This review first appeared in the Sunday Star-Times, 20th September 2015
This true story of a gutsy, gripping and ultimately doomed quest to summit Mt. Everest may be 19 years old, but the real-life drama it portrays is still devastatingly current.
In its own right, this superbly-rendered dramatization is absolutely fascinating, but the fact that it tells the tale of one of our own, Kiwi Rob Hall, and depicts famous actors grappling with our especial accent, will make it even more compelling for local audiences.
Hall led a group of adventurous tourist climbers up Everest in May 1996, only to be caught in a snowstorm which crippled their descent, resulting in tragic loss of life.
The film introduces us to the band of mountaineering brothers (with honorary Japanese sister in Yasuko Namba, striving for her seventh of seven peaks) played by familiar American faces Josh Brolin (engaging as the arrogant Texan show-off, Beck Weathers) and Jake Gyllenhaal, impressing as the carefree Scott Fischer, who manages to booze and party all night before climbing into high altitude by day.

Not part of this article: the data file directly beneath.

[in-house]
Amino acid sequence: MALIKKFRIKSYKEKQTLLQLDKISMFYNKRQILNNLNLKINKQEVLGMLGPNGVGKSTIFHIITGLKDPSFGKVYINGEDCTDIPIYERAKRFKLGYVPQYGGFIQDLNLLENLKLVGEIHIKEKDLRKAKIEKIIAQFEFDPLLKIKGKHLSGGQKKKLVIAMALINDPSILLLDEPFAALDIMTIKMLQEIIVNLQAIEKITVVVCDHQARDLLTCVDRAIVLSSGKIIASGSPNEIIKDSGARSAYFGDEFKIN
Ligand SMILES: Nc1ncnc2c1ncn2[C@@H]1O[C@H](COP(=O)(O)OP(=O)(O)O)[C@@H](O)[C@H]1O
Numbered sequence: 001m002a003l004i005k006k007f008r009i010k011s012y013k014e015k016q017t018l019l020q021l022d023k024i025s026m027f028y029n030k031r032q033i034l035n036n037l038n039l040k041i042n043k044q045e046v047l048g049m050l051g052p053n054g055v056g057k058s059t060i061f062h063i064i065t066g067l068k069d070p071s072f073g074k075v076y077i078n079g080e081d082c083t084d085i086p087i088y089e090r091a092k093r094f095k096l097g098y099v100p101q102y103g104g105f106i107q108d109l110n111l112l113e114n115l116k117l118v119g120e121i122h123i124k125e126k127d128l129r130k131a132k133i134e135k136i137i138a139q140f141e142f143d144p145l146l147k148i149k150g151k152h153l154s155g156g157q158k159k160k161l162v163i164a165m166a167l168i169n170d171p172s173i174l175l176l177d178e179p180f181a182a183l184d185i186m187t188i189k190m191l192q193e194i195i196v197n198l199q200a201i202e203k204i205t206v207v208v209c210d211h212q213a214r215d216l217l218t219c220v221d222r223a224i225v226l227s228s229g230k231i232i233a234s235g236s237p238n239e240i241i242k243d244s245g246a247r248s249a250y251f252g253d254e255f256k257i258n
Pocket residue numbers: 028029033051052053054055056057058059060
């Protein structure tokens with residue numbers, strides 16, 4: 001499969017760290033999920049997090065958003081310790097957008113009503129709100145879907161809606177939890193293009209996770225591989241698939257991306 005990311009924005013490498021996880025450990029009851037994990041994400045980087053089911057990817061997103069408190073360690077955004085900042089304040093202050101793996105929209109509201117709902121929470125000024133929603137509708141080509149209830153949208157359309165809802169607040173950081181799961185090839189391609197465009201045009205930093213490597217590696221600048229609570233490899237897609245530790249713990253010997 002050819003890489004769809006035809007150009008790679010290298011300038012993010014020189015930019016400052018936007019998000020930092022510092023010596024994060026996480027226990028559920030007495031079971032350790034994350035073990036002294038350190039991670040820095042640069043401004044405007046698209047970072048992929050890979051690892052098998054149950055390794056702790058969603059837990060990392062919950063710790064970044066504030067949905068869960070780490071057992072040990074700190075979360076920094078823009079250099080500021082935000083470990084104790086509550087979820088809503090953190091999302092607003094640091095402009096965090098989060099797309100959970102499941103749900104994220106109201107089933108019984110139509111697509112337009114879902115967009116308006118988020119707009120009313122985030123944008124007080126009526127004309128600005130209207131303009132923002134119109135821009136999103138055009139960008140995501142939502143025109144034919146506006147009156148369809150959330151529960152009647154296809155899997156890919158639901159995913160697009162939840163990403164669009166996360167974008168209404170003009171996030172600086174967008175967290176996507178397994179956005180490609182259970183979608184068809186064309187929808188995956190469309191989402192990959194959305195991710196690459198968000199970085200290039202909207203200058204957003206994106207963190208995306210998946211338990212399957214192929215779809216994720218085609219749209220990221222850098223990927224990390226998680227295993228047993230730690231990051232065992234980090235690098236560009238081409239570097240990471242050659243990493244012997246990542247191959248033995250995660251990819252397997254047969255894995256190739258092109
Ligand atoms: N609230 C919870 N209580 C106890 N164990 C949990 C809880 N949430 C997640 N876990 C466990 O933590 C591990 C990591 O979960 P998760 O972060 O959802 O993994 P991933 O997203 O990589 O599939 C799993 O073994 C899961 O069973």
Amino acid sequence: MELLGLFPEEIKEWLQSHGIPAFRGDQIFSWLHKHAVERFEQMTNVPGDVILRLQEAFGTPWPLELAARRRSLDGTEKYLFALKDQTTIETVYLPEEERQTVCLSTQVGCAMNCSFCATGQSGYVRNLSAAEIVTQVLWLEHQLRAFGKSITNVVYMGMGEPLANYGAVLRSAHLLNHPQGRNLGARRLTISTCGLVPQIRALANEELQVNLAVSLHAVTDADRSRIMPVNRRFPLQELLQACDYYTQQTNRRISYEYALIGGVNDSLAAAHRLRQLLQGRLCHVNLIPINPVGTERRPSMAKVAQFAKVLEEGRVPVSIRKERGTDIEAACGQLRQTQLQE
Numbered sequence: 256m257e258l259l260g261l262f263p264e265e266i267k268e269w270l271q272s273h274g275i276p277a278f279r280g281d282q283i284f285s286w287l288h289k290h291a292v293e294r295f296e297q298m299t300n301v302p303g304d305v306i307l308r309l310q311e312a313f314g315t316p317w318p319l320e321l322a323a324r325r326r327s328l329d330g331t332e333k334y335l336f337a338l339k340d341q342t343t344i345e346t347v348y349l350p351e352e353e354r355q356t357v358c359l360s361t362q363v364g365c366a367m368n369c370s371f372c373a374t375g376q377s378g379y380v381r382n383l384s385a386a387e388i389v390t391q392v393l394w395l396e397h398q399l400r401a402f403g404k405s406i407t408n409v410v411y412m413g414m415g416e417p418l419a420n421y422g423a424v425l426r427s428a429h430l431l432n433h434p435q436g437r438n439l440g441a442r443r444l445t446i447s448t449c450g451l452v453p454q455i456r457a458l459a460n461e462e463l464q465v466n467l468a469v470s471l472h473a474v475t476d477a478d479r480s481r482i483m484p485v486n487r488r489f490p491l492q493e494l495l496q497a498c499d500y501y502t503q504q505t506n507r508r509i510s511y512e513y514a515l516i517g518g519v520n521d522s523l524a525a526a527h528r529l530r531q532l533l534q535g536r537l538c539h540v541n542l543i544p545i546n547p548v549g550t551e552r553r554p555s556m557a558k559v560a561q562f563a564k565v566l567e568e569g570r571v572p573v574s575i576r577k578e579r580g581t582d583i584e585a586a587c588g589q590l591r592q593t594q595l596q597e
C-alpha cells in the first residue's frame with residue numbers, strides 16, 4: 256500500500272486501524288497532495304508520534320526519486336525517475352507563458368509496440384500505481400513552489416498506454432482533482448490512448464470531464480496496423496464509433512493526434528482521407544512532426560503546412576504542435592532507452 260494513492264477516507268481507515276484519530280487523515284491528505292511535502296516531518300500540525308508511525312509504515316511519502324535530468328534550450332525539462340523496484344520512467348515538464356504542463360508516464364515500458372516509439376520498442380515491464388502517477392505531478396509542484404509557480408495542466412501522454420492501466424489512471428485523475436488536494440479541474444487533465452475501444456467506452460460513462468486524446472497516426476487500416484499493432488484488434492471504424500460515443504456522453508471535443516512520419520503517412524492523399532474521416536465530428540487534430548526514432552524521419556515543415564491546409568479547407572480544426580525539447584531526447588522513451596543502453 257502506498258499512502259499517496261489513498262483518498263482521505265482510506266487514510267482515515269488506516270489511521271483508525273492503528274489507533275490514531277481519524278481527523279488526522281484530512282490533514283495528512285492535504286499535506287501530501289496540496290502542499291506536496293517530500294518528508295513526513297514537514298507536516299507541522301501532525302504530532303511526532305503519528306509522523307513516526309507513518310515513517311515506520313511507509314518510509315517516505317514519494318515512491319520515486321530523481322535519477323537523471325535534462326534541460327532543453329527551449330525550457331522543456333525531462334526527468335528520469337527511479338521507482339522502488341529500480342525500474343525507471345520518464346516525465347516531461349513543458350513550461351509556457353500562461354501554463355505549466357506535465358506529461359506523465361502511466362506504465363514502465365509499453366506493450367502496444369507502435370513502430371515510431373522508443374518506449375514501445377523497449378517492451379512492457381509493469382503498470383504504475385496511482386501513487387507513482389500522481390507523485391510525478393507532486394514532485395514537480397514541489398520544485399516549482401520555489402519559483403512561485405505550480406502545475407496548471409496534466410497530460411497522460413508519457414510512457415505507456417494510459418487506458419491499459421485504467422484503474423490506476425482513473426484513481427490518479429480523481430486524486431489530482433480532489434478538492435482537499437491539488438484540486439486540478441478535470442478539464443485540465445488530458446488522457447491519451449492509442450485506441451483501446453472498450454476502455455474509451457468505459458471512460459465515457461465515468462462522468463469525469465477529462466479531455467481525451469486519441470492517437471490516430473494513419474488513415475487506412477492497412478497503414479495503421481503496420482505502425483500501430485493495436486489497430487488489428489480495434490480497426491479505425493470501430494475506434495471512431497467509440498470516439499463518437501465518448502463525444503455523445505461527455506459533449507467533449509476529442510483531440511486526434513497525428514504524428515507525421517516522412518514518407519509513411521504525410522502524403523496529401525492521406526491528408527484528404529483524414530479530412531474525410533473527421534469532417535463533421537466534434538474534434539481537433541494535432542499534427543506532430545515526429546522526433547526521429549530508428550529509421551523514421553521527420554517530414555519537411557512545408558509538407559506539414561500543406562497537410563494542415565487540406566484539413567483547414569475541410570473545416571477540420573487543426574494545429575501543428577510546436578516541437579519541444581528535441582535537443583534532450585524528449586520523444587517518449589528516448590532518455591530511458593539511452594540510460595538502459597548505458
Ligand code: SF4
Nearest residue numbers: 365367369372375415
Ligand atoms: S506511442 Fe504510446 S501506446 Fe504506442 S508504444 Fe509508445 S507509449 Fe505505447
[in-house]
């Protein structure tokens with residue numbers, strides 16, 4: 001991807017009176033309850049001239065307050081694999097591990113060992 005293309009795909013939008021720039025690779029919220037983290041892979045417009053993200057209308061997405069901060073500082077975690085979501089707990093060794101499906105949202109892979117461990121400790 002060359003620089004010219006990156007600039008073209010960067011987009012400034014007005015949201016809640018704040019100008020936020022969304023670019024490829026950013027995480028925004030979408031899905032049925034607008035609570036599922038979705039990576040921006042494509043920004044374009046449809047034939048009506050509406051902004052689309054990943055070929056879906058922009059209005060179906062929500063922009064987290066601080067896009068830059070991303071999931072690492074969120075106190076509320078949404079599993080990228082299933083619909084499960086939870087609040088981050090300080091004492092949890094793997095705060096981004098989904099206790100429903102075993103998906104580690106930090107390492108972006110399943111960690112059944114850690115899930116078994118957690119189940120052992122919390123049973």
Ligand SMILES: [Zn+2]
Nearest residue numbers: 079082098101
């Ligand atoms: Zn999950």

Hall (Aussie Jason Clarke from Zero Dark Thirty) comes across as a terrific bloke, warm-hearted and generally sensible about his clients’ wellbeing, while still clearly addicted to the climbing buzz. Keira Knightley is surprisingly affecting, all Kiwi-ed up as Hall’s wife Jan, who stayed at home in Christchurch, pregnant with their daughter. Meanwhile, British actress Emily Watson holds the fort at base camp (you can practically hear her voice coach crying “Flet vells, flet vells!”), aiding our sense of security as the ascent begins, even though we know that trouble lies ahead.
Screened best in Imax 3D, the Kathmandu scenes are vibrant, while sensational aerial photography provides an incredible opportunity to experience Nepal on the ground as well as up the mountain. Once we’ve left base camp, there is some intense point-of-view photography to heighten the experience.
But it’s hardly necessary. There is no question that mountaineering is madness, particularly when we learn that as a human reaches certain levels of altitude, their body starts to die – the aim is to get back down before that happens.
Tragically, this was not to be everyone’s fate, but this faithful, sensitive portrayal may give you some sense of an ecstasy that most of us will never experience.